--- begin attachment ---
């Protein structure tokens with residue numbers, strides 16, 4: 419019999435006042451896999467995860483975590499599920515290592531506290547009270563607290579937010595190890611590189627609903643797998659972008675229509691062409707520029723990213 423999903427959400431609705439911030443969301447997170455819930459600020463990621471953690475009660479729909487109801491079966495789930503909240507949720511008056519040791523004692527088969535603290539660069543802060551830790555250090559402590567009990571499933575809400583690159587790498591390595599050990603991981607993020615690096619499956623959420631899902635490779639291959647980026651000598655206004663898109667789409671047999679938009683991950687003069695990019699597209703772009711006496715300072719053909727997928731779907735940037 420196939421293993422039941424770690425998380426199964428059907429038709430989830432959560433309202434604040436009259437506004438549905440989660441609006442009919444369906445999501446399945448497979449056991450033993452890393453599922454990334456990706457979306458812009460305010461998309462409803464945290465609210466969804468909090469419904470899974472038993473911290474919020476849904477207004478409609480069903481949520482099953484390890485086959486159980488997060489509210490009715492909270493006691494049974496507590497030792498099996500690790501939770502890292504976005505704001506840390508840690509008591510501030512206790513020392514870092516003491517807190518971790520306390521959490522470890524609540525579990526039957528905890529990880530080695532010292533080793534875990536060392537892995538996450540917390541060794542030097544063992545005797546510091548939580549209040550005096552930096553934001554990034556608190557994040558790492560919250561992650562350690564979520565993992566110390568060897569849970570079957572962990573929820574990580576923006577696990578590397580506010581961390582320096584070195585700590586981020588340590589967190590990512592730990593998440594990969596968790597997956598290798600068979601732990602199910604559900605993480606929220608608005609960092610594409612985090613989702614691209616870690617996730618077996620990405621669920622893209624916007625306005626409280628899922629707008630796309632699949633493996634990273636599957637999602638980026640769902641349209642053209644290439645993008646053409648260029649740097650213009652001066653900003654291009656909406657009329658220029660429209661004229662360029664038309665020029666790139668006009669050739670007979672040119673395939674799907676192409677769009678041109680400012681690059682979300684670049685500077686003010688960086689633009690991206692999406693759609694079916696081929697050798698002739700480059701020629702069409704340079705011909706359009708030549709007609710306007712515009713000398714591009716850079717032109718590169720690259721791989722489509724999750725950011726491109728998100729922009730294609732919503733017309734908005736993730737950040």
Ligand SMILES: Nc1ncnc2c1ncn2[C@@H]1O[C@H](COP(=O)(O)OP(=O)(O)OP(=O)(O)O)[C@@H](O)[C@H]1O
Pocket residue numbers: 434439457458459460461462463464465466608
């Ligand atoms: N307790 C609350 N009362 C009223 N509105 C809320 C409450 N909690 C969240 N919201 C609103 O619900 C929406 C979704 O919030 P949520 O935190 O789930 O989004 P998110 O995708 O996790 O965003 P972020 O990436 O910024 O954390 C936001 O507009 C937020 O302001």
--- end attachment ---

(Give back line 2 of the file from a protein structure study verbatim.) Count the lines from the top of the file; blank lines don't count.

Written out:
Ligand SMILES: Nc1ncnc2c1ncn2[C@@H]1O[C@H](COP(=O)(O)OP(=O)(O)OP(=O)(O)O)[C@@H](O)[C@H]1O